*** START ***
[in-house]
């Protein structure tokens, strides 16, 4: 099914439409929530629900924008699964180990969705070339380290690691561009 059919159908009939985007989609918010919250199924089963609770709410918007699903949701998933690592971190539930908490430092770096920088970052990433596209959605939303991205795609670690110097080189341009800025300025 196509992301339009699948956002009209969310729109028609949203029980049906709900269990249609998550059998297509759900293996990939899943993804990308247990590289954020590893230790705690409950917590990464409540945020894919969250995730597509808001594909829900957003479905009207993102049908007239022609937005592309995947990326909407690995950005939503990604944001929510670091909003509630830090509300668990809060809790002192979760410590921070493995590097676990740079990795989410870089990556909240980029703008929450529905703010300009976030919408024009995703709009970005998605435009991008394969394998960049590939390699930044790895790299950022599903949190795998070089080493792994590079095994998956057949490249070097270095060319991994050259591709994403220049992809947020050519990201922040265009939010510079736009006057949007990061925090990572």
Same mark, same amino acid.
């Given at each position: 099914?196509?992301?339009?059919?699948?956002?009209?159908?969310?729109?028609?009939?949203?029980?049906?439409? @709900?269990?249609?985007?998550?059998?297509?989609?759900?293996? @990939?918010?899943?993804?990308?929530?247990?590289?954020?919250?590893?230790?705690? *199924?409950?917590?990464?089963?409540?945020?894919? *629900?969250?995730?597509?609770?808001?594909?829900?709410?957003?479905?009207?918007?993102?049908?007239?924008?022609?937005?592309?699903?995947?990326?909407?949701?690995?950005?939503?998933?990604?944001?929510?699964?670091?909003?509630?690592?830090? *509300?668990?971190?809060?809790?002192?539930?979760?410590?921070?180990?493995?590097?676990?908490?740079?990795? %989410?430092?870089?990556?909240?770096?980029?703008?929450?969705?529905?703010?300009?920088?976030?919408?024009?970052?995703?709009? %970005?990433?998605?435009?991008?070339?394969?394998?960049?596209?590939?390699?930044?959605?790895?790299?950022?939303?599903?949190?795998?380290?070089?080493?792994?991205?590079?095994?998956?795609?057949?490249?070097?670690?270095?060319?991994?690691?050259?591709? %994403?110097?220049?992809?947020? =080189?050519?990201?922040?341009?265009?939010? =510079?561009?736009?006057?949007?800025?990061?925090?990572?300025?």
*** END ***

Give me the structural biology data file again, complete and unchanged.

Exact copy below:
[in-house]
């Protein structure tokens, strides 16, 4: 099914439409929530629900924008699964180990969705070339380290690691561009 059919159908009939985007989609918010919250199924089963609770709410918007699903949701998933690592971190539930908490430092770096920088970052990433596209959605939303991205795609670690110097080189341009800025300025 196509992301339009699948956002009209969310729109028609949203029980049906709900269990249609998550059998297509759900293996990939899943993804990308247990590289954020590893230790705690409950917590990464409540945020894919969250995730597509808001594909829900957003479905009207993102049908007239022609937005592309995947990326909407690995950005939503990604944001929510670091909003509630830090509300668990809060809790002192979760410590921070493995590097676990740079990795989410870089990556909240980029703008929450529905703010300009976030919408024009995703709009970005998605435009991008394969394998960049590939390699930044790895790299950022599903949190795998070089080493792994590079095994998956057949490249070097270095060319991994050259591709994403220049992809947020050519990201922040265009939010510079736009006057949007990061925090990572």
Same mark, same amino acid.
């Given at each position: 099914?196509?992301?339009?059919?699948?956002?009209?159908?969310?729109?028609?009939?949203?029980?049906?439409? @709900?269990?249609?985007?998550?059998?297509?989609?759900?293996? @990939?918010?899943?993804?990308?929530?247990?590289?954020?919250?590893?230790?705690? *199924?409950?917590?990464?089963?409540?945020?894919? *629900?969250?995730?597509?609770?808001?594909?829900?709410?957003?479905?009207?918007?993102?049908?007239?924008?022609?937005?592309?699903?995947?990326?909407?949701?690995?950005?939503?998933?990604?944001?929510?699964?670091?909003?509630?690592?830090? *509300?668990?971190?809060?809790?002192?539930?979760?410590?921070?180990?493995?590097?676990?908490?740079?990795? %989410?430092?870089?990556?909240?770096?980029?703008?929450?969705?529905?703010?300009?920088?976030?919408?024009?970052?995703?709009? %970005?990433?998605?435009?991008?070339?394969?394998?960049?596209?590939?390699?930044?959605?790895?790299?950022?939303?599903?949190?795998?380290?070089?080493?792994?991205?590079?095994?998956?795609?057949?490249?070097?670690?270095?060319?991994?690691?050259?591709? %994403?110097?220049?992809?947020? =080189?050519?990201?922040?341009?265009?939010? =510079?561009?736009?006057?949007?800025?990061?925090?990572?300025?």